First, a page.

JERUSALEM, Feb. 14 (JTA) — Eight months into what he himself has termed the crucial first year of his premiership, Israeli Prime Minister Ehud Barak is facing serious unrest in the ranks.
Several of Barak’s Cabinet ministers are publicly airing their dissatisfaction with the escalating military situation in southern Lebanon and the latest deadlock in the Israeli-Palestinian talks.
The politicians’ murmurings come as Israeli soldiers, too, voice their own misgivings about the fighting in Lebanon, where Hezbollah gunmen have killed at least seven Israeli soldiers during the last three weeks.
Taken together, the developments are prompting renewed questions about whether Barak’s ambitious plans for regional peace are realistic.
The unprecedented criticism voiced by active duty soldiers has hit particularly hard.
“We don’t want to be the last IDF men to die in Lebanon,” one group of Israel Defense Force soldiers told two Israeli reporters last week during the most intensive fighting in Lebanon in months.
Reserve soldiers have occasionally criticized government policy in the past. Indeed, it was a wave of such criticism in the reserve army which, in the view of many observers, prompted Israel’s withdrawal in 1984-1985 from the heart of Lebanon to the nine-mile-wide security zone that Israel carved out at the time to protect its northern communities.
This week, Maj. Gen. Gabi Ashkenazi, the regional commander in charge of the Lebanon campaign, reportedly called the complaining soldiers a bunch of crybabies.
The frustration of the army brass undoubtedly reflects the political discomfort that Barak must feel reading the headlines about the dissident soldiers — to say nothing of the all-too-frequent stories and pictures telling the heartbreaking tales of the latest 19-year-old Israeli killed by a Hezbollah anti-tank missile.
But Barak’s problem was compounded this week when it became publicly known that several of his own ministers are balking at his Lebanon policy.
Hard-liners like Interior Minister Natan Sharansky and doves like Agriculture Minister Chaim Oron are questioning the premier’s assertion that he needs until April or May to determine whether there is a chance of withdrawing from Lebanon as part of a negotiated deal with Syria, or whether Israel should prepare to withdraw unilaterally.
Barak has been reiterating his commitment to have the army out of Lebanon, one way or the other, by July 7. But the dissenting ministers say this is too long to keep up the costly exchanges with Hezbollah.
In essence, these ministers tend to agree with Likud leader Ariel Sharon’s that the situation in Lebanon should be divorced from overall peace negotiations with Syria.
While most of his dissenting ministers may not share Sharon’s ultimate goal of heading off Israeli-Syrian talks altogether to avert an Israeli withdrawal from the Golan Heights, they agree with his opposition to Barak’s linkage of a withdrawal from Lebanon and an accord with Syria.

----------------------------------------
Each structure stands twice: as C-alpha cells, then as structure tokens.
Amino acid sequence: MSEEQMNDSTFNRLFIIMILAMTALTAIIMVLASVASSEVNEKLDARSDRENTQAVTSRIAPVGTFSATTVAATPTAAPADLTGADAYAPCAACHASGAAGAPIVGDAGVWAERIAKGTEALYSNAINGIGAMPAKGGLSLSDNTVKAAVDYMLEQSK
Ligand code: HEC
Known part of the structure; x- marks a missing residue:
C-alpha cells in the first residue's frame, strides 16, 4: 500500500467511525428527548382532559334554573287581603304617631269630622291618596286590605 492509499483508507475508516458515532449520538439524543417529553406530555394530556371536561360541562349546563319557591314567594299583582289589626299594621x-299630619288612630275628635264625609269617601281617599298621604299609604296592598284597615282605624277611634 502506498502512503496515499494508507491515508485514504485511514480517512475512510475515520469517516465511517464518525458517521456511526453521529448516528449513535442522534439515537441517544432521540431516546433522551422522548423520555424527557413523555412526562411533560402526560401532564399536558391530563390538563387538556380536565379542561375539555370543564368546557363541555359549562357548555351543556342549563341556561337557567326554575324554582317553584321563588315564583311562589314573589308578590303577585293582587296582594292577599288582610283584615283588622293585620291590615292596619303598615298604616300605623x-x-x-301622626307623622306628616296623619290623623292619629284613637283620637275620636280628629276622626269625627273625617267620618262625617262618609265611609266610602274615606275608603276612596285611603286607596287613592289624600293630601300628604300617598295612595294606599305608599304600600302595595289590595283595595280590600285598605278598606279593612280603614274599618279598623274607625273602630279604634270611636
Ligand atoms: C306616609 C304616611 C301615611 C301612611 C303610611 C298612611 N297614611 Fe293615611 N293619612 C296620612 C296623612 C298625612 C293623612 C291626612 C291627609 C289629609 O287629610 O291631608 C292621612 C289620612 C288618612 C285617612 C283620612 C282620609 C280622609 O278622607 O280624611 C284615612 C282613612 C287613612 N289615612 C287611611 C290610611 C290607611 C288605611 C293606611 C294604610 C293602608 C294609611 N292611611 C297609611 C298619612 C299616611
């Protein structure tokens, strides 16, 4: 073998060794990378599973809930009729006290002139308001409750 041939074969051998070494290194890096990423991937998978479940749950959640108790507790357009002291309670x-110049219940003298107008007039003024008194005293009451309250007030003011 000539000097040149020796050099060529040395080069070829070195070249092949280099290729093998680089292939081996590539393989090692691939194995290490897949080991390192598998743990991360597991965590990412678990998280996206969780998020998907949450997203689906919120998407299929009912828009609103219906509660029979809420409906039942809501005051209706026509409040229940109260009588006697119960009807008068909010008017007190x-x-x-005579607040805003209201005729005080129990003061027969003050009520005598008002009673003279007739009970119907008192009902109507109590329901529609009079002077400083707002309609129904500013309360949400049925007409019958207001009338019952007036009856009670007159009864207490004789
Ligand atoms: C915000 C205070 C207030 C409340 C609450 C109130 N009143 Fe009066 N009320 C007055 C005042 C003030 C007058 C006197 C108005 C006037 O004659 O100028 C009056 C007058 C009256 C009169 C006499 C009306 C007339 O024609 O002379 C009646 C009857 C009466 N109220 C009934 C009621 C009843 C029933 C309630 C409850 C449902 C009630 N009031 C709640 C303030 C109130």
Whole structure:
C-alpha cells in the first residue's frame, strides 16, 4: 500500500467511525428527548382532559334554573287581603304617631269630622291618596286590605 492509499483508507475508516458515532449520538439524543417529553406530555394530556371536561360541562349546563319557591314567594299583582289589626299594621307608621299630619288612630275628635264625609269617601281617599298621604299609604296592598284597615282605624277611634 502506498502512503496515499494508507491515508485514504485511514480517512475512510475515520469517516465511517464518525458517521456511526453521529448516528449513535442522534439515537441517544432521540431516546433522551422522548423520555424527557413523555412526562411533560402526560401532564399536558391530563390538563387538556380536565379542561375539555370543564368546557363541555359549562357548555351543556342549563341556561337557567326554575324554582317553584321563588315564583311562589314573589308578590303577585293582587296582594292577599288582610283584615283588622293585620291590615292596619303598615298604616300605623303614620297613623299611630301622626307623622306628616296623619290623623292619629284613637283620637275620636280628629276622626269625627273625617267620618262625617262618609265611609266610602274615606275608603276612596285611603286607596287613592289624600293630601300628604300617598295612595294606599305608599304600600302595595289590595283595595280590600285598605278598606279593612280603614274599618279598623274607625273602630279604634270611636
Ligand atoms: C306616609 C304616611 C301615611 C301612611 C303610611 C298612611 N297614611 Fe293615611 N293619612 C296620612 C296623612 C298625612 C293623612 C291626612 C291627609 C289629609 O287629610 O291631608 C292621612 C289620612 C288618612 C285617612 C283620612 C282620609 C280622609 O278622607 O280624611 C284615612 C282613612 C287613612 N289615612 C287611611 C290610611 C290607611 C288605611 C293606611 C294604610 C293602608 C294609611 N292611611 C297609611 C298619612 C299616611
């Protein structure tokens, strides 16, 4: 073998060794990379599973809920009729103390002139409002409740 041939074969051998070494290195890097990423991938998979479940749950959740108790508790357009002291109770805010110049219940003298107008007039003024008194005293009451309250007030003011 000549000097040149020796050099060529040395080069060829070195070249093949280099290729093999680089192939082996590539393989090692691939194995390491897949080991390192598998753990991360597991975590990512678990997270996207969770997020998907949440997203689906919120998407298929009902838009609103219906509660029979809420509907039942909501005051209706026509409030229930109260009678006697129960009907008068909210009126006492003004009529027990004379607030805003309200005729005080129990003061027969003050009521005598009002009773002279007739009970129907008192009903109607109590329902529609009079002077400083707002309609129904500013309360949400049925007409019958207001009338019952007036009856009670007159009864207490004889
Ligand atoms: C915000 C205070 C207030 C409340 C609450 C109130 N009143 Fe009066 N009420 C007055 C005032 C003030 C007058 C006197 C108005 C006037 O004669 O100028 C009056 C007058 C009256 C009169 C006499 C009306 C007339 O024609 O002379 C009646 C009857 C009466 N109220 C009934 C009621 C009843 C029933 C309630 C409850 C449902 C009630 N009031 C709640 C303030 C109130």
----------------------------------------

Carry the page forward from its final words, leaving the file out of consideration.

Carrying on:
During Sunday’s weekly Cabinet meeting, Barak got strong support for his strategy from his foreign minister, David Levy, and from Education Minister Yossi Sarid.
Even Justice Minister Yossi Beilin, a longtime advocate of a unilateral Israeli withdrawal from Lebanon, said he was “at one with” the prime minister’s efforts to try for a negotiated withdrawal during the weeks ahead — and to stay put for the moment in Lebanon in order to achieve this.
These ministers backed the premier’s grim assertion that the deaths of seven soldiers, however saddening, must not be allowed to dictate a nation’s national security policy.
But the narrow backing he won for his approach on Lebanon must have been little comfort for Barak — given the distinct slippage in Cabinet solidarity over his entire peace strategy.
In tough one-on-one meetings with Barak over the weekend, a number of key ministers are reported to have expressed their deep anxiety over the current deadlock on the Israeli-Palestinian track.
Sunday was the date on which Israel and the Palestinian Authority were to have concluded a framework agreement accord for a final peace accord.
The two sides had also planned to reach the final accord by September — that is, before the U.S. presidential election, so that President Clinton could successfully conclude his work as Middle East peace broker.
Ironically it was Barak who pressed for this rigid and ambitious timetable, publicly proclaiming the February and September target dates.
Barak has said repeatedly that what he does not achieve on the peace front during his first year in office — with Clinton still in the White House — will be much more difficult to achieve later.
The Palestinians, too, have often expressed their confidence in Clinton.
Yet the talks advanced haltingly, as the Feb. 13 deadline loomed ominously nearer.
Far from making progress on the final peace accord, the two sides became bogged down over the past few weeks in disagreements regarding Israeli withdrawals from additional portions of the West Bank.
Now that the Feb. 13 deadline has come and gone, the framework agreement is effectively dead — and the Palestinians are speaking of a rupture in Barak’s relationship with Palestinian Authority President Yasser Arafat.
Barak, for his part, barely bothers to conceal his view that Israel’s foremost interest is to make a peace deal with Syria.
He has all but stated publicly that if the talks with Syria go forward, the Palestinians can wait.
For now, the Israeli-Syrian talks have been suspended. But Barak, basing himself on American and Egyptian assessments, is confident that the talks will resume soon and move swiftly toward an agreement.